bar: For those who remember seeing Jurassic Park on the big screen 20 years ago (!) the restored and 3D-enhanced Jurassic Park now playing on IMAX at the Pacific Science Center will certainly be more — and perhaps a little less — than you remember.
A quick plot refresher, should you need it: Jurassic Park is the story of a theme park populated by cloned dinosaurs. Billionaire industrialist John Hammond brings a team of paleontologists, a mathematician, a lawyer representing investors and his grandchildren to tour the park and give it their approval. At first everything is spectacular and wonderful but as Jeff Goldblum sums it up in Jurassic Park 2, "That's how all of this starts, but then later there's the running and screaming." Truer words were never spoken.
The IMAX format is ideal for a Spielbergian blockbuster like Jurassic Park. If you want to see a Tyrannosaurus Rex stomping on a truck accompanied by John Williams' sweeping score you want to see it on a screen that's 6 stories tall and 80 feet wide with an eardrum-melting sound system. The Pacific Science Center's IMAX 3D does not disappoint.
Even though I found myself unexpectedly noticing when the fully computer-animated Velociraptors were on screen I was equally impressed with their level of technical expertise. These dinosaurs were created two years before Pixar's Toy Story revolutionized and kicked off Hollywood's computer animation mania and they are amazing. The T. Rex is particularly impressive although the fact that it's seen mostly in a rainstorm at night no doubt contributes to its dramatic impact and impressive realism.
That said, I would argue that IMAX really shines when presenting real-life or contemporary movies created with the format in mind, not a remastered film from 1993 originally shot in old-timey 70mm. Even though I wasn't looking for it I couldn't help but occasionally notice an actor's makeup or a prop plant that probably looked perfectly real on a smaller screen. It conflicted with the original impression of the movie in my head and was, at times, a little distracting. However, for audiences discovering Jurassic Park for the first time this should still be a mind-blowing experience.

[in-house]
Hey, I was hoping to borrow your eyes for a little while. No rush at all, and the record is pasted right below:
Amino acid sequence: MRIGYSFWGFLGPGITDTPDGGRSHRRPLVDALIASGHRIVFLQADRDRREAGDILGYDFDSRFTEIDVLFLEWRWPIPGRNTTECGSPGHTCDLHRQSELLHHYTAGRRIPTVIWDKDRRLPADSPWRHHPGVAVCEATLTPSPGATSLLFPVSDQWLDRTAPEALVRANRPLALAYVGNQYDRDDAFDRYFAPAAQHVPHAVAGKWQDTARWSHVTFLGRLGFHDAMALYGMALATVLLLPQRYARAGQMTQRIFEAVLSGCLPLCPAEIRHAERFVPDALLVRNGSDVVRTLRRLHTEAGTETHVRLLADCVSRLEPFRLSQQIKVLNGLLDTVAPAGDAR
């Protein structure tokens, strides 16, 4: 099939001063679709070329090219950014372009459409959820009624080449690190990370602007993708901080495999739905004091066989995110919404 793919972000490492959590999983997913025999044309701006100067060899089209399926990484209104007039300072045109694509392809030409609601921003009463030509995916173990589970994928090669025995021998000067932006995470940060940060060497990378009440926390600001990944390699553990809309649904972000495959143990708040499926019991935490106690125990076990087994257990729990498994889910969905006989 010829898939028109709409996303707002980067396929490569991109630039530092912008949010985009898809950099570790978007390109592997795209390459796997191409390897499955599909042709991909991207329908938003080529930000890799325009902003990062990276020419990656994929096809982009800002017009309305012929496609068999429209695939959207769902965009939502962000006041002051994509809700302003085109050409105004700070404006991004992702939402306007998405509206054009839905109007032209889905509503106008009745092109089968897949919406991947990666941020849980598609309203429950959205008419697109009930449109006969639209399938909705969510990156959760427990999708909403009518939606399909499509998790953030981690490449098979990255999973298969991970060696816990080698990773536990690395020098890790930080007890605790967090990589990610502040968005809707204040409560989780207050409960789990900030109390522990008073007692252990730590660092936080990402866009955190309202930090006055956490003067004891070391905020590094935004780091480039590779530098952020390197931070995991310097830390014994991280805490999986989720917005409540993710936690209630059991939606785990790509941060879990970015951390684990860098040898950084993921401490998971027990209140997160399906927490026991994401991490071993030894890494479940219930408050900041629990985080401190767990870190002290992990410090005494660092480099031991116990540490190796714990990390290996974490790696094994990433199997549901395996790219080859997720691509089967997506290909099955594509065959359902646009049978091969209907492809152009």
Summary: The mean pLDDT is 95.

Take the kids?
At its core, Jurassic Park, is, of course, a monster movie. The protagonists are chased by monsters, they run and hide and fight back as best they can but along the way there are severed limbs and people screaming as they are dismembered. To Spielberg’s credit he knows you don't have to show lots of spurting blood and most of the deaths are artfully obscured. But there is one notable chomp and the aforementioned severed limbs, most notably Samuel L. Jackson's arm (20-year-old spoiler!).
The movie is rated PG-13, which is appropriate. There were some pretty small kids at the screening I went to and they didn't seem particularly traumatized but I know my 12-year-old son, who is admittedly sensitive to intense situations, would not do well with this movie. However, for parents of older kids who enjoy a thrill it's a good opportunity to share an exciting and scary popcorn movie from your past.
If you go ...
Jurassic Park 3-D is playing at Pacific Science Center IMAX in Seattle (buy tickets online, $9.50-$14.25), as well as many local theaters. Find other local showtimes and tickets on the Jurassic Park website.
About the author: John Kubalak is a writer, teacher, volunteer coordinator, raconteur, and scalawag. He does not publish science fiction under the pseudonym Jonathan Black but he does publish a monograph on fatherhood, The Eclectic Dad. He has a son, a daughter, a beautiful wife (and a little dog too!) who are adorable, maddening, zany, and brilliant all at the same time.